|Will Lance Armstrong's legacy live strong?|
|Written by Sam Isdale, Sports Columnist|
|Wednesday, 06 February 2013 20:18|
Everyone and anyone who keeps up with the news, and doesn’t live under a rock, has heard about the disappointing realities Lance Armstrong has revealed to the world. According to National Public Radio, the Department of Justice stated it will not be charging Armstrong after he admitted on Oprah that he had been using performance-enhancing drugs (PEDs) while participating in cycling competitions.
“We made a decision on that case a little over a year ago. Obviously, we’ve been well aware of the statements that have been made by Mr. Armstrong in other media reports. That does not change my view at this time,” André Birotte, a U.S. attorney based in Los Angeles, told Reuters on Tuesday.
Whether Lance Armstrong was going to face any charges or not, he has to live with his decisions, his doping and his humiliations the rest of his life. I can’t say I admire the fact he came “clean” about his past use with PEDs, but it may open doors for others to speak up as well.
He hasn’t exposed any names of other cyclists who were using the same drugs while he was, but maybe now these cyclists will feel the remorse and want to fess-up.
However, if other cyclists step forward on the issue, it may not mean much. Lance Armstrong was not just a name of an athlete; he was an inspiration to everyone. Athletes, average people and those battling cancer were eager to see what he was going to do next. Was he going to claim another Tour de France title? What would be the next event Livestrong would host? These questions are now irrelevant and Armstrong’s name will not show much association with any of them now.
During Oprah’s hour-long interview with Armstrong, he admitted to using PEDs such as erythropoietin (EPO) and other banned substances including testosterone, cortisone and human growth hormones. After his confessions of doping and the lies he admitted, he made another decision — to step down from Livestrong.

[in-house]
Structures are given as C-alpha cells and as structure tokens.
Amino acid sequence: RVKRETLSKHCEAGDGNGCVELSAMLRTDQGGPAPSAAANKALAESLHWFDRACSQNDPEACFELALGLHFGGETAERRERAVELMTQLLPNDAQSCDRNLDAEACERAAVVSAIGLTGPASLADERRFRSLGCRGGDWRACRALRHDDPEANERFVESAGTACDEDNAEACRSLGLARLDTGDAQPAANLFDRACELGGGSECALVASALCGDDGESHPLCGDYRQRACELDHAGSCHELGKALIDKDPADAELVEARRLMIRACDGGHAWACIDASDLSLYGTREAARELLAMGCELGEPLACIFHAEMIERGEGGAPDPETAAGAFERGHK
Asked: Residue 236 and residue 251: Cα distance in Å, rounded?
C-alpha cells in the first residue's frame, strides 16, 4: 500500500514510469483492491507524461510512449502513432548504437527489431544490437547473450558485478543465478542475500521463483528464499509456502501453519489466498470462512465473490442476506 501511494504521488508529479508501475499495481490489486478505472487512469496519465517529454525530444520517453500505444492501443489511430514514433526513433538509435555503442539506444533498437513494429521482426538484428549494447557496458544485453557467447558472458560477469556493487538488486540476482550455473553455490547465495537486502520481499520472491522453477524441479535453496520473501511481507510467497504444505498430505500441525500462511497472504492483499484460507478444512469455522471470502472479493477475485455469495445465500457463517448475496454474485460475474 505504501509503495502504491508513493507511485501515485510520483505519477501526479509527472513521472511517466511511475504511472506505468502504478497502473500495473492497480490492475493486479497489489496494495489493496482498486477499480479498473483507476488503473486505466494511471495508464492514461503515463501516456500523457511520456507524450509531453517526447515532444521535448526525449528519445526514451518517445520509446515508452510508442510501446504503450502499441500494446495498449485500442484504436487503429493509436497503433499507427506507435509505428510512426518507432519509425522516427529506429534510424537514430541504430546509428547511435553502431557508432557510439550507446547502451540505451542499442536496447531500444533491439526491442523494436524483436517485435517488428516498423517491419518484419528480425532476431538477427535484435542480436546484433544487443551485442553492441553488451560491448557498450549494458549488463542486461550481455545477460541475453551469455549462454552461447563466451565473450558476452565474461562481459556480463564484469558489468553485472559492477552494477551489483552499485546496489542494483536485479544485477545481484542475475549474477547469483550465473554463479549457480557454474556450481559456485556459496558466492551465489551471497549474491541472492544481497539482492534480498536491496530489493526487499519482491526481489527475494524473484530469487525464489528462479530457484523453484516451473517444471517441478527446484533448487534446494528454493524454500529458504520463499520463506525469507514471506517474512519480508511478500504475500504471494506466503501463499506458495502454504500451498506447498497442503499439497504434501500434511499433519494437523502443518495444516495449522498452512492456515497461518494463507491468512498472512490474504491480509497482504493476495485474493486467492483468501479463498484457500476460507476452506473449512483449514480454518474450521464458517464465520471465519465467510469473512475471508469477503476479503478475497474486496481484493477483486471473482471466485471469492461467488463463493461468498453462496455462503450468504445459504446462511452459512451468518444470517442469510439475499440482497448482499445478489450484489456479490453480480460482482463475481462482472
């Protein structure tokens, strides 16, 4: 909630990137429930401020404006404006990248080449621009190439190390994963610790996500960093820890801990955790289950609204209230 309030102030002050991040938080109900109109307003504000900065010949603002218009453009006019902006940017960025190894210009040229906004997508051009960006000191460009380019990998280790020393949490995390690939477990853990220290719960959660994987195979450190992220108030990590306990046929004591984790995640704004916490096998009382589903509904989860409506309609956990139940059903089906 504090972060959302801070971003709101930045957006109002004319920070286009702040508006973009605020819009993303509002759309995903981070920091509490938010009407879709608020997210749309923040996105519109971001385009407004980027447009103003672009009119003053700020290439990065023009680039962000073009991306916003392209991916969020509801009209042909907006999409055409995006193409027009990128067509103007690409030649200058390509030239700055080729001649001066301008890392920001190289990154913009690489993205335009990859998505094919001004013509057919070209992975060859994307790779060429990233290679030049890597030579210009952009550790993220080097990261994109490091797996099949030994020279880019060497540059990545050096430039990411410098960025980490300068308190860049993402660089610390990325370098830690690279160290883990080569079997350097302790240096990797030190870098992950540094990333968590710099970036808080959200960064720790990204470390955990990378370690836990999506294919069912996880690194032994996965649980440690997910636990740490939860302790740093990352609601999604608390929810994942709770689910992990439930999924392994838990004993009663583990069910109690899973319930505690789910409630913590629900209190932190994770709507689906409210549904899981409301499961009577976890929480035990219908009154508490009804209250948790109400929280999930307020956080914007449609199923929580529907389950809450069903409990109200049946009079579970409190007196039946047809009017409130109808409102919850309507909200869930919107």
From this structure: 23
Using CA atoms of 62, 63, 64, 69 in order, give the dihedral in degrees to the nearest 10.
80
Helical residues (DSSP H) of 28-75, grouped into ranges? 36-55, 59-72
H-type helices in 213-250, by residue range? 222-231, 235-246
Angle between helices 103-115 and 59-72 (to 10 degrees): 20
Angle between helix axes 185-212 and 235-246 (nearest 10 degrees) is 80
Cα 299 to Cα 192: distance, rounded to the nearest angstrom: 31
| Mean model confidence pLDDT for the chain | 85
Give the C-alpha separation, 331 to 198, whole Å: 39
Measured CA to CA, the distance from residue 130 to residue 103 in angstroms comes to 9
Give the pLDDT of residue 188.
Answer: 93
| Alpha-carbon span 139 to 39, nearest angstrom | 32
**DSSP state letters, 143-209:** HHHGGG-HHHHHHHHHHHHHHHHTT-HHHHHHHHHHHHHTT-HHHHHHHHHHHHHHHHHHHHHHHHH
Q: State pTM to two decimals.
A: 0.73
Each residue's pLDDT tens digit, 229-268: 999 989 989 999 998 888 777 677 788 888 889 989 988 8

I’m not 100 percent sure I like the idea of this. I believe it’s a great organization and the face of the organization should be an honest person, but he did build it to what it has become today. NBC News said his reason to end his chairmanship was so the cancer-fighting charity can focus on its mission and not the doping accusations. This makes total sense to me, but if he can continue to support the cancer-fighting organization in a positive way by continuing to be involved, I think he should.
Not everyone in the sports industry may feel the same way I do about Armstrong continuing his involvement with the Livestrong organization, but I’m willing to bet they hold the same beliefs about his disappointments to the world.
ESPN acquired quite similar responses to his disclosures.
Professional tennis player Rodger Federer admitted his negative feelings about the incidents while he was at the Australian Open.
“What a sad story,” Federer told ESPN. “Obviously he’s hurt his sport in a big way, even though he helped it in the beginning. But now the burden they live under, all other sports may be as well.”
Serena Williams also had something to say about what people may think about other renowned athletes.
“I think a lot of people now look and are like, ‘OK, if somebody (is) that great, what about everyone else in every other sport?’” Williams told ESPN.
I’ve never followed cycling and I’m not sure if I will ever really get into it, but when I think of the sport, Lance Armstrong pops into my head. I support the Livestrong foundation and even own some Livestrong apparel. When I would slip my gray and yellow jacket on I never thought much about it. Now, as I pull it out of my closet I think to myself, was it worth it? If a sport or competition is too hard to win without a drug, why do it?
It’s not something I understand right now and maybe if I got into cycling competitively, I would. I hope to see Lance Armstrong attempting to take steps in the right direction and speak out to advocate sports without the use of PEDs.